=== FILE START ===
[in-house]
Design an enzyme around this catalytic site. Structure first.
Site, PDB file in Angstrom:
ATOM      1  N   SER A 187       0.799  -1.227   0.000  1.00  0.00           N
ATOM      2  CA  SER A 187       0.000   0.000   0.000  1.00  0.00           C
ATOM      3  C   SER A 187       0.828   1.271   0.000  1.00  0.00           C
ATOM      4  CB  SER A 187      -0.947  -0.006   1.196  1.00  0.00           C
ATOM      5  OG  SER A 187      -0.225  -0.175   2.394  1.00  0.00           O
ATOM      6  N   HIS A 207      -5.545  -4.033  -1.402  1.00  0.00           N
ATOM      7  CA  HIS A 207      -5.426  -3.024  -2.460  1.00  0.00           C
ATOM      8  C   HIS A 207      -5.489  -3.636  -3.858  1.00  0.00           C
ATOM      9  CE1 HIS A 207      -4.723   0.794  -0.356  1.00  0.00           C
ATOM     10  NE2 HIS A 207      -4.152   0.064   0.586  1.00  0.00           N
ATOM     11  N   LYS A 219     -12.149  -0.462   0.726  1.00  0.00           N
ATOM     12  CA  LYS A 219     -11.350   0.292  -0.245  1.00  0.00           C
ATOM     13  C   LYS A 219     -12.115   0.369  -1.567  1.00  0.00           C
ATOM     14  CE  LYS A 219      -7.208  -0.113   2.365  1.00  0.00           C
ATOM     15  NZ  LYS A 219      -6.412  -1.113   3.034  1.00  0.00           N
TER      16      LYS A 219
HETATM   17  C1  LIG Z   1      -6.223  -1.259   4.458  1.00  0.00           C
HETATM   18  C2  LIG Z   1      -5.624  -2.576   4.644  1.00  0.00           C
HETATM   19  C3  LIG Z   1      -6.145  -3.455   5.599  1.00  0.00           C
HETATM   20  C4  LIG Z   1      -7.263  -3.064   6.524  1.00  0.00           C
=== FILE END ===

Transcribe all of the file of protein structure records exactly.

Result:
[in-house]
Design an enzyme around this catalytic site. Structure first.
Site, PDB file in Angstrom:
ATOM      1  N   SER A 187       0.799  -1.227   0.000  1.00  0.00           N
ATOM      2  CA  SER A 187       0.000   0.000   0.000  1.00  0.00           C
ATOM      3  C   SER A 187       0.828   1.271   0.000  1.00  0.00           C
ATOM      4  CB  SER A 187      -0.947  -0.006   1.196  1.00  0.00           C
ATOM      5  OG  SER A 187      -0.225  -0.175   2.394  1.00  0.00           O
ATOM      6  N   HIS A 207      -5.545  -4.033  -1.402  1.00  0.00           N
ATOM      7  CA  HIS A 207      -5.426  -3.024  -2.460  1.00  0.00           C
ATOM      8  C   HIS A 207      -5.489  -3.636  -3.858  1.00  0.00           C
ATOM      9  CE1 HIS A 207      -4.723   0.794  -0.356  1.00  0.00           C
ATOM     10  NE2 HIS A 207      -4.152   0.064   0.586  1.00  0.00           N
ATOM     11  N   LYS A 219     -12.149  -0.462   0.726  1.00  0.00           N
ATOM     12  CA  LYS A 219     -11.350   0.292  -0.245  1.00  0.00           C
ATOM     13  C   LYS A 219     -12.115   0.369  -1.567  1.00  0.00           C
ATOM     14  CE  LYS A 219      -7.208  -0.113   2.365  1.00  0.00           C
ATOM     15  NZ  LYS A 219      -6.412  -1.113   3.034  1.00  0.00           N
TER      16      LYS A 219
HETATM   17  C1  LIG Z   1      -6.223  -1.259   4.458  1.00  0.00           C
HETATM   18  C2  LIG Z   1      -5.624  -2.576   4.644  1.00  0.00           C
HETATM   19  C3  LIG Z   1      -6.145  -3.455   5.599  1.00  0.00           C
HETATM   20  C4  LIG Z   1      -7.263  -3.064   6.524  1.00  0.00           C